Plain Text

Enormous amounts of data are now available in a machine-readable format. Much of this data is of interest to researchers in the humanities and interpretive social sciences. Major resources include Project Gutenberg, Internet Archive, and Europeana. Such resources present data in a bewildering array of file formats, ranging from plain, unstructured text files to complex, intricate databases. Additionally, repositories differ in the way they organize the access to their collections: organizations such as Wikipedia provide nightly dumps of their databases, downloadable by users to their own machines. Other institutions, such as Europeana, provide access to their data through an Application Programming Interface (API), which allows interested parties to search collections using specific queries. Accessing and dealing with pre-existing data, instead of creating it yourself, is an important skill for doing data analyses in the humanities and allied social sciences.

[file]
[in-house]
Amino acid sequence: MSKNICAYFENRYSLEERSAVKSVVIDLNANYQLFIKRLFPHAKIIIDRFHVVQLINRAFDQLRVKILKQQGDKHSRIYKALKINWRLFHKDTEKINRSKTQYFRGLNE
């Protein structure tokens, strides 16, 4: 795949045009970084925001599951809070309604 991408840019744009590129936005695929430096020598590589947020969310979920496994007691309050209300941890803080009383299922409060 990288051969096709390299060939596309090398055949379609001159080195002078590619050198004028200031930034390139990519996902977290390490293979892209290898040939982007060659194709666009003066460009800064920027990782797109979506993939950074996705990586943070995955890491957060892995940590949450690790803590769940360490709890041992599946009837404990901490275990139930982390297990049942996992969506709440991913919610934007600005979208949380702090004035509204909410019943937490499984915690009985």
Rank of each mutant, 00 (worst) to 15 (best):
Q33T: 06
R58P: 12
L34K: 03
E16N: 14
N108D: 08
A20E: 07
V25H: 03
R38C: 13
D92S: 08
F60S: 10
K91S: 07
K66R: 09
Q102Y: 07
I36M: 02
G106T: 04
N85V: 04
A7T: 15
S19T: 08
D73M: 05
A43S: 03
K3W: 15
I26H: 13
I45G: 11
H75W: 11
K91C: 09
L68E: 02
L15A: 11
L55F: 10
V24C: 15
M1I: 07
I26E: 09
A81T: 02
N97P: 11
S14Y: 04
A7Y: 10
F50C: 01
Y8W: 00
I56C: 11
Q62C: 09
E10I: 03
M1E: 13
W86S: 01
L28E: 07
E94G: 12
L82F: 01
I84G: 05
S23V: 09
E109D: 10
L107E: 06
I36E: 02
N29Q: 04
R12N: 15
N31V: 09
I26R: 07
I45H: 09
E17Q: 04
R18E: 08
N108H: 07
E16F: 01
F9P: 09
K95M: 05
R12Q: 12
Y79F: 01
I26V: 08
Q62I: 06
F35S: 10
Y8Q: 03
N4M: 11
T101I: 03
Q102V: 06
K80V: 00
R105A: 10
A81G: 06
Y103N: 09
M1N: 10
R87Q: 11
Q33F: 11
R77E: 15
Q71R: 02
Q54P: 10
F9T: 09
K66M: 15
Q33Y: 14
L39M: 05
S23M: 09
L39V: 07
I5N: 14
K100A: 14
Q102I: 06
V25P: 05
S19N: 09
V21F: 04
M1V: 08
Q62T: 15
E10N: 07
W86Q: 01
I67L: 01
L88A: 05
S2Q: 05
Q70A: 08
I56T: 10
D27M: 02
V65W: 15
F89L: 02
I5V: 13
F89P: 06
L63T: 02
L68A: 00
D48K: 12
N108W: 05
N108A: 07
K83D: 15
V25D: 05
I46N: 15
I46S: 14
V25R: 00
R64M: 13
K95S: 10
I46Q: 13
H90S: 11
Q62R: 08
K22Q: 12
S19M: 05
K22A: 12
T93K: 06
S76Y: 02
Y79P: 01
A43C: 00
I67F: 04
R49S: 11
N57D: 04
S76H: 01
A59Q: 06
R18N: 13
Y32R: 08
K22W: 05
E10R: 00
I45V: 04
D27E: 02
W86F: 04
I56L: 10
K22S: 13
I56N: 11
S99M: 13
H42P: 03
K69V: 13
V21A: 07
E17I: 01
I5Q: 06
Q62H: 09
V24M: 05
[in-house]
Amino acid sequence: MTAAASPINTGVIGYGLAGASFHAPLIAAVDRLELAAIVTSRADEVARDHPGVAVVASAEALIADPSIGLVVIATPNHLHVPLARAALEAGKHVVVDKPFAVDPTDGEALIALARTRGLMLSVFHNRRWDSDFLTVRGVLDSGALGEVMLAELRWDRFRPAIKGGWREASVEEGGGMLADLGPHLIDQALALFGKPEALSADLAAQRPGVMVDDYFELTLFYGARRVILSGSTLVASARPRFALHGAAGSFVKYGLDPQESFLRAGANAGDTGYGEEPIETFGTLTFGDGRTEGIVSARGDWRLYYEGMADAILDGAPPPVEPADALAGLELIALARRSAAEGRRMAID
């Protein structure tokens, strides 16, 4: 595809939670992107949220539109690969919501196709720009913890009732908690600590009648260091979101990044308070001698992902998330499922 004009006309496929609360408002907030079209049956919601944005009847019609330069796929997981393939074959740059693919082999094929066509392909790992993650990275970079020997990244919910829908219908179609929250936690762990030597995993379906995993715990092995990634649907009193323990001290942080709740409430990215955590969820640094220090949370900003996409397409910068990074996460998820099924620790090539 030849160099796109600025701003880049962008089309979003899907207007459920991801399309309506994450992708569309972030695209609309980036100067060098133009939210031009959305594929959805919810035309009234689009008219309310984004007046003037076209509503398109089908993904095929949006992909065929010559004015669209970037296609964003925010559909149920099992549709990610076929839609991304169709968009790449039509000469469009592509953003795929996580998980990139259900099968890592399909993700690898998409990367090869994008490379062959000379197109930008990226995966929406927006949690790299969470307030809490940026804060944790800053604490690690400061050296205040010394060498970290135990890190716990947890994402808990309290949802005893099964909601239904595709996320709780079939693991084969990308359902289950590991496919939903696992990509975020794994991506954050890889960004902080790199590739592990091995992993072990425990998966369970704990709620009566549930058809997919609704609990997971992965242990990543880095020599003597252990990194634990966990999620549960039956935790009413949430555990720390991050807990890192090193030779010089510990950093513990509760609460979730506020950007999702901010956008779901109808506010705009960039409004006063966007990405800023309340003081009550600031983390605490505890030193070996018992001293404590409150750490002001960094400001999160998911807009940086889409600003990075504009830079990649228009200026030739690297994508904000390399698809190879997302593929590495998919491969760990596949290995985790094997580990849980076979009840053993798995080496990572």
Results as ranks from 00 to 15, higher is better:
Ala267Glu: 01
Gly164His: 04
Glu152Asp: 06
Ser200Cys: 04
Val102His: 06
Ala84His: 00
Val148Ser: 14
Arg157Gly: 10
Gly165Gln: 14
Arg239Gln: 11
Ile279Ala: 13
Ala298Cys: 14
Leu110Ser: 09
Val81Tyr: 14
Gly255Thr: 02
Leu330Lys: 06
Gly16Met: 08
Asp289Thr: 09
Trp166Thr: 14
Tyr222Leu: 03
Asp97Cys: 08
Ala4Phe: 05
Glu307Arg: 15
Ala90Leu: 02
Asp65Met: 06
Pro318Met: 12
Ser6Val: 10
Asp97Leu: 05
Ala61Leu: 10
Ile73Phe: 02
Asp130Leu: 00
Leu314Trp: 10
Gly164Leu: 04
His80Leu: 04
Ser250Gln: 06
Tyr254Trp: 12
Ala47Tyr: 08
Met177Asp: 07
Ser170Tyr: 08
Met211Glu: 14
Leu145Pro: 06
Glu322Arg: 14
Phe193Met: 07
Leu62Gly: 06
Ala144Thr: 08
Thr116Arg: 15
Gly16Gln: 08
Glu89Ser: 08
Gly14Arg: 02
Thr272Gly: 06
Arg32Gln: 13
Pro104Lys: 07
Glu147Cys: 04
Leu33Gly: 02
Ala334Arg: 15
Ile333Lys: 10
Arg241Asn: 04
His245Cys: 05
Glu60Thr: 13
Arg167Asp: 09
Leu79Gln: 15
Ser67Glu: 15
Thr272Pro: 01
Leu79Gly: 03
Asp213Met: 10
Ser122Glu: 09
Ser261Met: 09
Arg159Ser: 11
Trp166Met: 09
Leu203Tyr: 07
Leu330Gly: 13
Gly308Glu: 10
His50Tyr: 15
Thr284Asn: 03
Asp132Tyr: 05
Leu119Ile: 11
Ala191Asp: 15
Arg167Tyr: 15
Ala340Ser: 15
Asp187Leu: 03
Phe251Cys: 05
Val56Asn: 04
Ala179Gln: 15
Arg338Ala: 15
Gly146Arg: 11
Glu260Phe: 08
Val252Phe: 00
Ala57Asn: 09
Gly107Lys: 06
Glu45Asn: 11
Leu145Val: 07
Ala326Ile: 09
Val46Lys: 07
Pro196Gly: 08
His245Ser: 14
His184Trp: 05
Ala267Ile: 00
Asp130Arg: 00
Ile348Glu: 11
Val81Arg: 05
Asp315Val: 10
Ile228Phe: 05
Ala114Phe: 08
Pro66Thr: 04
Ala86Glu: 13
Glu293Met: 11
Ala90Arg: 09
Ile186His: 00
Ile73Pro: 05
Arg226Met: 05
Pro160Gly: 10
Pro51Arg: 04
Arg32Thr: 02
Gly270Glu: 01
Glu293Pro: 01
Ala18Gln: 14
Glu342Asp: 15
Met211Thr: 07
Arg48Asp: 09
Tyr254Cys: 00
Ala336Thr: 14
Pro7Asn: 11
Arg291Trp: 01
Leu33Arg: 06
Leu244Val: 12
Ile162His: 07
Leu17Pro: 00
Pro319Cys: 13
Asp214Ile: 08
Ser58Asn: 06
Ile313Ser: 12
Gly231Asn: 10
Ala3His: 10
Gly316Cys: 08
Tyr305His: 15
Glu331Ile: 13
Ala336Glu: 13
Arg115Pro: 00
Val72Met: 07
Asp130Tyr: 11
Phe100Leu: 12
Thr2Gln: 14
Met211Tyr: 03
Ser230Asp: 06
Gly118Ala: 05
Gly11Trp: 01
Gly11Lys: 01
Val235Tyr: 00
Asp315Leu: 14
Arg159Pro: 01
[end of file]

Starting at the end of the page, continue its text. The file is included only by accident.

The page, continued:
Digital data are stored in file formats reflecting conventions which enable us to exchange data. One of the most common file formats is the “plain text” format, where data take the form of a series of human-readable characters. In Python, we can read such plain text files into objects of type str. The chapter’s data are stored as a compressed tar archive, which can be decompressed using Python’s standard library tarfile:

import tarfile
tf = tarfile.open('data/folger.tar.gz', 'r')
tf.extractall('data')

Subsequently, we read a single plain text file into memory, using:

file_path = 'data/folger/txt/1H4.txt'
stream = open(file_path)
contents = stream.read()
stream.close()

print(contents[:300])
Henry IV, Part I
by William Shakespeare
Edited by Barbara A. Mowat and Paul Werstine
  with Michael Poston and Rebecca Niles
Folger Shakespeare Library
http://www.folgerdigitaltexts.org/?chapter=5&play=1H4
Created on Jul 31, 2015, from FDT version 0.9.2

Characters in the Play